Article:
onsdag 9. mars 2011

Free as in heroin

Free software” is a matter of liberty, not price. To understand the concept, you should think of “free” as in “free speech”, not as in “free beer”.
By now, we all know this quote, right? And likely, we've all had the pleasure of experiencing a late night pun about free beer at developer conference. Today, I'm introducing another version of free, free as in heroin.

As a proponent of open source software I’ve met some quite interesting arguments for choosing bloated proprietary products over more lightweight open source counterparts; the site license or the enterprise license. This license is devious scheme created by proprietary software vendors, such as Oracle. The idea is that for a fixed amount you’ll get to deploy an unlimited amount databases, application servers and what not, provided they are only used for internally facing systems.

Noticed the trend towards enterprise service bus? I’m not talking about the SOA-hype which has thankfully chilled the last few years, I’m talking about these several gigabyte installs of what is essentially just a bloated implementation of the mediator pattern. The ESB sits there between your components, serving as a man-in-the-middle attack, doing point-to-point integration. How did you ever get on without it, right?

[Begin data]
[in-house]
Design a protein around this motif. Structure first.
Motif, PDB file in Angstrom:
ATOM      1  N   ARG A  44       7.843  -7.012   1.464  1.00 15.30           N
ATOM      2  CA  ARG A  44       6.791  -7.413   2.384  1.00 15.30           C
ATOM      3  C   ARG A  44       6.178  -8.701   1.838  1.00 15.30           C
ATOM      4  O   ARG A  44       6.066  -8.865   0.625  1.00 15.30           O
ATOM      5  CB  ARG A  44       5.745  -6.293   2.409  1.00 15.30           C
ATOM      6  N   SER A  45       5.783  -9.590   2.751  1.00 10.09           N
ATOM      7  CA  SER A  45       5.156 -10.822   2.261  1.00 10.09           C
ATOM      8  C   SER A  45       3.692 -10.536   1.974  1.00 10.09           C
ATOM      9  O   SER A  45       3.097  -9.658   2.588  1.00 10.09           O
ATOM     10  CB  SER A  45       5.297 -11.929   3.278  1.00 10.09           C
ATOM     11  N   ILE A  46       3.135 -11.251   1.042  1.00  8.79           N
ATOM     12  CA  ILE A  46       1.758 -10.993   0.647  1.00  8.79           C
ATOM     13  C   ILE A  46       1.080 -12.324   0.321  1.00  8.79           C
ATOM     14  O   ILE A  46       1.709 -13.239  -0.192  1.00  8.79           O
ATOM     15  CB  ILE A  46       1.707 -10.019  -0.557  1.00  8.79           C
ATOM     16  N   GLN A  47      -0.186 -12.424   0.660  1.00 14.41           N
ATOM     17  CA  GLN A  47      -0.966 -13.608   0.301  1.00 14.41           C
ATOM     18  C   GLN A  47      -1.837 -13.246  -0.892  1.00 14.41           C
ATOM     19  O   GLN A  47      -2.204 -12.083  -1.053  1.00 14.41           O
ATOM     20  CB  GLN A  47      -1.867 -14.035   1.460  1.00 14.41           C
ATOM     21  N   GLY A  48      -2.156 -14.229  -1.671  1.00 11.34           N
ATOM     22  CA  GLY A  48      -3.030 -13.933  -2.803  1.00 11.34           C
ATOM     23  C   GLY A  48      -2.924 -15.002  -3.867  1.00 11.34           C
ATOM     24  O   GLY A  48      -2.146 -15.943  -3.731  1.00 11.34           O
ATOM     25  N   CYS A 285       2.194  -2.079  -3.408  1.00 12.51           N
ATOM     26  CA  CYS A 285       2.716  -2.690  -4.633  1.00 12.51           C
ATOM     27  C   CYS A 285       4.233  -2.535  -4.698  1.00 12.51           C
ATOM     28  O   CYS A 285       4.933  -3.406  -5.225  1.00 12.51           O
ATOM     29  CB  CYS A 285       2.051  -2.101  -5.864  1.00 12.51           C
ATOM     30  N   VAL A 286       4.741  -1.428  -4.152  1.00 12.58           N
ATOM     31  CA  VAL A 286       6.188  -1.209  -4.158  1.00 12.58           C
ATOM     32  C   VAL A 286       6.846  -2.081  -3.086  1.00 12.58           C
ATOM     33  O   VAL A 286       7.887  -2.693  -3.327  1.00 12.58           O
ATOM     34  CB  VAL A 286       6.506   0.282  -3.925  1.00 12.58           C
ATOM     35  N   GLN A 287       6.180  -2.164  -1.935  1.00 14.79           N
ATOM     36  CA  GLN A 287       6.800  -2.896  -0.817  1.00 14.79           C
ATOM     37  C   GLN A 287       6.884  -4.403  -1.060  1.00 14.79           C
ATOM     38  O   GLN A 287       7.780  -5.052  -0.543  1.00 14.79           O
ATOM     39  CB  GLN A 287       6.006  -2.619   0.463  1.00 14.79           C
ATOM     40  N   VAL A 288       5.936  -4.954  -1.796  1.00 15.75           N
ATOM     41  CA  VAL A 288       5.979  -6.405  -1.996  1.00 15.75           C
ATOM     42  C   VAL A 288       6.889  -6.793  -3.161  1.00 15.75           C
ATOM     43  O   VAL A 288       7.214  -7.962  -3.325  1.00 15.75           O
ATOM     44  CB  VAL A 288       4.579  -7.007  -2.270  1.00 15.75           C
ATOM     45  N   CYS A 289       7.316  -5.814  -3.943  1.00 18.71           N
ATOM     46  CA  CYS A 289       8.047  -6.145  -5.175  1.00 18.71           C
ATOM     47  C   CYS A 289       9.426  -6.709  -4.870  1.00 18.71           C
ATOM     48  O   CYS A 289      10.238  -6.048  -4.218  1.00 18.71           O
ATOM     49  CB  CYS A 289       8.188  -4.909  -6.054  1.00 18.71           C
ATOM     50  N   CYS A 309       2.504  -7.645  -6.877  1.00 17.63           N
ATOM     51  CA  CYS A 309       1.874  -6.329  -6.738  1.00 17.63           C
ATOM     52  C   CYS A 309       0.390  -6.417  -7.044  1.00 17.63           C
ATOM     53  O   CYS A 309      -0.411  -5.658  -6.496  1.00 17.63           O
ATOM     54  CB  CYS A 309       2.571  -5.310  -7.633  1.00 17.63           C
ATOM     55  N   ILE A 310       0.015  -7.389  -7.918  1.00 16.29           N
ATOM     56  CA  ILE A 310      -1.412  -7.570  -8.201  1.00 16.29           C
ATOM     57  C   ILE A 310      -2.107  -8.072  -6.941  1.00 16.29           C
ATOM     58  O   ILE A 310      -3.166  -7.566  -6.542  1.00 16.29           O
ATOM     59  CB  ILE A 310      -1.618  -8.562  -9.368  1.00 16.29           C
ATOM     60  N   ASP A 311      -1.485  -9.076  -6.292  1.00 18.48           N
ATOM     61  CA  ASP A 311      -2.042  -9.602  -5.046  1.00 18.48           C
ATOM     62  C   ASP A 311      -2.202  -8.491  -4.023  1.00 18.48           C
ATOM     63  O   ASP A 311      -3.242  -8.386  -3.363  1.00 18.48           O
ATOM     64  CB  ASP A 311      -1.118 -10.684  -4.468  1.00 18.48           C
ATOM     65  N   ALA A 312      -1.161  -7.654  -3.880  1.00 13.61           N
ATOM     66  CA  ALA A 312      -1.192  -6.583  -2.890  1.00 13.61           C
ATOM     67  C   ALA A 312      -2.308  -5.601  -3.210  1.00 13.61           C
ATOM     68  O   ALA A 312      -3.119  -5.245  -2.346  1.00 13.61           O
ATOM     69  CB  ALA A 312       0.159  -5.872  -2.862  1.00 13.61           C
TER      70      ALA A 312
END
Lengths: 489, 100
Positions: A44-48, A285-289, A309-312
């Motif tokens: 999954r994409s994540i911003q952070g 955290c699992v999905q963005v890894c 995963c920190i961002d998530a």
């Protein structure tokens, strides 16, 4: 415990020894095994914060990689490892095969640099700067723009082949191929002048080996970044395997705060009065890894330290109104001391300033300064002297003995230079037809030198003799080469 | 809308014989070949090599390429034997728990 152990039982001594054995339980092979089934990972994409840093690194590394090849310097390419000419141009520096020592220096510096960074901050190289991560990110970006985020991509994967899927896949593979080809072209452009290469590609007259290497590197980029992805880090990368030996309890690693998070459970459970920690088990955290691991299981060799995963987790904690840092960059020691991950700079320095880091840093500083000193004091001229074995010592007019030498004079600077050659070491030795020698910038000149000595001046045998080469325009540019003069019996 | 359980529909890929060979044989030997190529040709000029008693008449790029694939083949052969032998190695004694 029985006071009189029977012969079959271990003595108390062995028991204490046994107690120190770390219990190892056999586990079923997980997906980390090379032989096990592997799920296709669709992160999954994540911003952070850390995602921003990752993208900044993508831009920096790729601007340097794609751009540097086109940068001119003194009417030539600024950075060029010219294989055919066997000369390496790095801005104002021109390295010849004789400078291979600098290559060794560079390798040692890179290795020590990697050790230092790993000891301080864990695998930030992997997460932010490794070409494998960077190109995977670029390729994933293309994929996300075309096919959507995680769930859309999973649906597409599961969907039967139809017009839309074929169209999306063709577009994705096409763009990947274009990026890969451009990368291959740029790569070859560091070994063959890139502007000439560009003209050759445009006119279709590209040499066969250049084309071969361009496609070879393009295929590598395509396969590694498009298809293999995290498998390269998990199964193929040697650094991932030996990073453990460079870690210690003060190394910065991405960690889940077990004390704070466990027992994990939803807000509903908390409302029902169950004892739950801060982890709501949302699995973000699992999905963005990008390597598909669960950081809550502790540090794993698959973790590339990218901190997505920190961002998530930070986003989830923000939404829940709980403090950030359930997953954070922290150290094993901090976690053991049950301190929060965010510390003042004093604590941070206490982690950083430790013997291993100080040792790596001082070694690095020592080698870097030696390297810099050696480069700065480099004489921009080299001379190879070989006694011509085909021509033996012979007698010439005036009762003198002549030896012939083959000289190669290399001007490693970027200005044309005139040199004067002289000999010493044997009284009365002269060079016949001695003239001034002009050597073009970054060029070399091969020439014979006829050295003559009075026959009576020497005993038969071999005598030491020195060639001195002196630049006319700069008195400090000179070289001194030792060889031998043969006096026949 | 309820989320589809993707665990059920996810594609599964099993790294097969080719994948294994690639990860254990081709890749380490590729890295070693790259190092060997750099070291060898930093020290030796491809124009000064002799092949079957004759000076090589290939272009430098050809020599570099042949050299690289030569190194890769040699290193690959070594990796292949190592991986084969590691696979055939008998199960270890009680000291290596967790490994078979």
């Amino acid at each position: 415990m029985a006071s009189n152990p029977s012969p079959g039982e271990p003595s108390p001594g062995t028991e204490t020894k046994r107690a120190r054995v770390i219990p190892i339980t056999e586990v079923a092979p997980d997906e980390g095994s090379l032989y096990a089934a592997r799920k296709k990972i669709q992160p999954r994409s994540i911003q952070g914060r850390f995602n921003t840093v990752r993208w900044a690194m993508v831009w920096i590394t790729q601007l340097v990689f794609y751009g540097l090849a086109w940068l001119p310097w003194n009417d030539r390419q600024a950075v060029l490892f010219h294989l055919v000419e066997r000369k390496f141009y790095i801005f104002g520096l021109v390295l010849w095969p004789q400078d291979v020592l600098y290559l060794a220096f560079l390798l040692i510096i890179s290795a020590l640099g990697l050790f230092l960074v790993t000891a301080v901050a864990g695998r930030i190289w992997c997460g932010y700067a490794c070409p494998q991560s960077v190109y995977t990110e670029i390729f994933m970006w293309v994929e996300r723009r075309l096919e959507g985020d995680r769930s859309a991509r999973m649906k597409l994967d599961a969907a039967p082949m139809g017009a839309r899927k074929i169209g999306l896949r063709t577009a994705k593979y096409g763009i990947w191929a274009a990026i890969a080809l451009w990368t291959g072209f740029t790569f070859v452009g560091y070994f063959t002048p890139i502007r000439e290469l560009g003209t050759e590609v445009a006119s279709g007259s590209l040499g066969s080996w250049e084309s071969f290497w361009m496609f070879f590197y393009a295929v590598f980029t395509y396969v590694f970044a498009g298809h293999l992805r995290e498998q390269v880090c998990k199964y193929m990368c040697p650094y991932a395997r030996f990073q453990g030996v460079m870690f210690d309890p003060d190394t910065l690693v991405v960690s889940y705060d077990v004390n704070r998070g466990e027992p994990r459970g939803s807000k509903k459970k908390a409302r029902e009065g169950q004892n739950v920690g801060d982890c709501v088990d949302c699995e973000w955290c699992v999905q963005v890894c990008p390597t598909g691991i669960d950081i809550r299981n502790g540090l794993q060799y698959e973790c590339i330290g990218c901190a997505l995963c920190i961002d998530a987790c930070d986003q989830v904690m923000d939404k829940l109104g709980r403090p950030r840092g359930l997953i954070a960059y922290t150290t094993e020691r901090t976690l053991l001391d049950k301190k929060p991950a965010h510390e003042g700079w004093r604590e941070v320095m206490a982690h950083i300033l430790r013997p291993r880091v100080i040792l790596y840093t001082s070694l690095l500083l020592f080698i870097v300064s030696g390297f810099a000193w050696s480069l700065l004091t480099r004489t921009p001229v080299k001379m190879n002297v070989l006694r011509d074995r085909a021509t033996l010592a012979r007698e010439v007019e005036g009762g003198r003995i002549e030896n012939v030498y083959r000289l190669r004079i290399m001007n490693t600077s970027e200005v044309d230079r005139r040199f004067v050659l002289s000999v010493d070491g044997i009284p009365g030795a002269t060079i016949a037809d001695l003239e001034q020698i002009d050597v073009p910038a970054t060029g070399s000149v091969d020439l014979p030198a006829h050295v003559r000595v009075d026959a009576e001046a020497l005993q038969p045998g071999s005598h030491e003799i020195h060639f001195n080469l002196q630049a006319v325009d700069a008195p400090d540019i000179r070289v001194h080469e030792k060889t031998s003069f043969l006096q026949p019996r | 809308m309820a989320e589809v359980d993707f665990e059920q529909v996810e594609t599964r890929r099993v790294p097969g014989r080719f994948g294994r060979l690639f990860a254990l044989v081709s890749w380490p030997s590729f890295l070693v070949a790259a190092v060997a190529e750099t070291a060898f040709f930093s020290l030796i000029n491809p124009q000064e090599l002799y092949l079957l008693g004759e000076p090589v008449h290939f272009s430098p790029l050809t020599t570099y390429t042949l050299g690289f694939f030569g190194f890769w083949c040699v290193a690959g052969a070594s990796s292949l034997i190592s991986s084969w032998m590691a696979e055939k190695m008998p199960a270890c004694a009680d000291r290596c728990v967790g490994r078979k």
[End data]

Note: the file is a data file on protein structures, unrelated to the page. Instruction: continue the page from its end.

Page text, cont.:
I’m sure that the ESBs have some capabilities that I’m too ignorant to acknowledge, but my experience is that once these products get in house, which they do thanks to the vendor’s very apt sales corps, their use is limited to point-to-point integration. Whatever happened to standard Java? Heck, even EJBs? They are still around, but they are not being pushed by the vendors anymore. The opensource containers are the first to adopt the new standards, while the commercial vendors are lagging. Why?

Well, this is speculation on my part, but why should they pour resources into abiding by the standards? Following standards will reduce the cost of switching to open source (or another standard abiding competitor). Instead, resources are spent on the ESBs. There is no standard programming model for ESBs, so once your applications are hooked into the ESB, moving to another vendor or removing the ESB all toghether will be expensive and time consuming as they all have to be re-written. The customers’ processes now actually belong to the commercial vendor. Sure, the code is the customer’s IP, but it is useless without the bloated ESB infrastructure which of course is not the customer's IP.

So the customer stays, dutifully paying the site license each year. Swearing slightly every time the license model change, making hardware upgrades more expensive. But at this point the addiction has gotten more severe as more applications are hooked into the ESB.

Why? Because the site license meant it was “free”. Free as in heroin. Taken straight out of the playbook on street corner economics, stimulate an addiction and live of it for life.

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